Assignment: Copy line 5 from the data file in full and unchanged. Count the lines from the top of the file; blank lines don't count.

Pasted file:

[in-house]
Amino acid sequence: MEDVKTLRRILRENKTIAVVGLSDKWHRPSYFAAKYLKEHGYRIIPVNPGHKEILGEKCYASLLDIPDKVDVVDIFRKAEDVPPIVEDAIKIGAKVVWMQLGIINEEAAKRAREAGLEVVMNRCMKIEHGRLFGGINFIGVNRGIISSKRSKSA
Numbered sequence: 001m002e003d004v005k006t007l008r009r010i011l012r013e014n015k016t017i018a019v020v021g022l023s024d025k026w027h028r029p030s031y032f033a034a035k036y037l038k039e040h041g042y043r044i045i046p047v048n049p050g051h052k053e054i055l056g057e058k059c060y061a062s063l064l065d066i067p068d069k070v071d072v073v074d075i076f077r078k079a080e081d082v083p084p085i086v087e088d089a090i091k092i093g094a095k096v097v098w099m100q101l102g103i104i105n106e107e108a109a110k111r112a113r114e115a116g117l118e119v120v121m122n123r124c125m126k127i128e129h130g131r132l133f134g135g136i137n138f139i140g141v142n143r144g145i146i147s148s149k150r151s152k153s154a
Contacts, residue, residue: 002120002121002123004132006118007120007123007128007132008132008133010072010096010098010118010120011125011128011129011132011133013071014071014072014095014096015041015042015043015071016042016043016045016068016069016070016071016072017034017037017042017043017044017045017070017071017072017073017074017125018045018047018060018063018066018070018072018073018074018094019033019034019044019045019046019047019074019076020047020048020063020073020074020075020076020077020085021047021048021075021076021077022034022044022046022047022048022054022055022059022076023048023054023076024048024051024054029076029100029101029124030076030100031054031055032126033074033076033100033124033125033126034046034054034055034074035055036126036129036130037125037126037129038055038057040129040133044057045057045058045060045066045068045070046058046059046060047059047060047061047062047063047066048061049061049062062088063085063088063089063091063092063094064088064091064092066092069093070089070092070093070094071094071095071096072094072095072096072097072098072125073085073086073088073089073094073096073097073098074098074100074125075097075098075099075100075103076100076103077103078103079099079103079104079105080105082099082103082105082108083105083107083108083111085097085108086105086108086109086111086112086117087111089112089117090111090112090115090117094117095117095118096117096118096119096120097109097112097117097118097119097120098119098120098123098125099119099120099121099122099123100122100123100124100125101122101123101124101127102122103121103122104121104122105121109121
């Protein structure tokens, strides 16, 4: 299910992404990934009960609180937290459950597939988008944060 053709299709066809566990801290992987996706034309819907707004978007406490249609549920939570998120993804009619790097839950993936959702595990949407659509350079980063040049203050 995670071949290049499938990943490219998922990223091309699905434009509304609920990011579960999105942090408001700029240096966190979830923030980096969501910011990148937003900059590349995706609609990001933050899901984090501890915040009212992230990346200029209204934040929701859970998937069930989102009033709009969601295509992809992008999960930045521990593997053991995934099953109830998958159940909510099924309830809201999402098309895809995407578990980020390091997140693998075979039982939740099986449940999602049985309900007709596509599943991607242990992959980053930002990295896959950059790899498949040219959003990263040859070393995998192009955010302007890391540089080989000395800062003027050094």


């Protein structure tokens, strides 16, 4: 299910992404990934009960609180937290459950597939988008944060 053709299709066809566990801290992987996706034309819907707004978007406490249609549920939570998120993804009619790097839950993936959702595990949407659509350079980063040049203050 995670071949290049499938990943490219998922990223091309699905434009509304609920990011579960999105942090408001700029240096966190979830923030980096969501910011990148937003900059590349995706609609990001933050899901984090501890915040009212992230990346200029209204934040929701859970998937069930989102009033709009969601295509992809992008999960930045521990593997053991995934099953109830998958159940909510099924309830809201999402098309895809995407578990980020390091997140693998075979039982939740099986449940999602049985309900007709596509599943991607242990992959980053930002990295896959950059790899498949040219959003990263040859070393995998192009955010302007890391540089080989000395800062003027050094």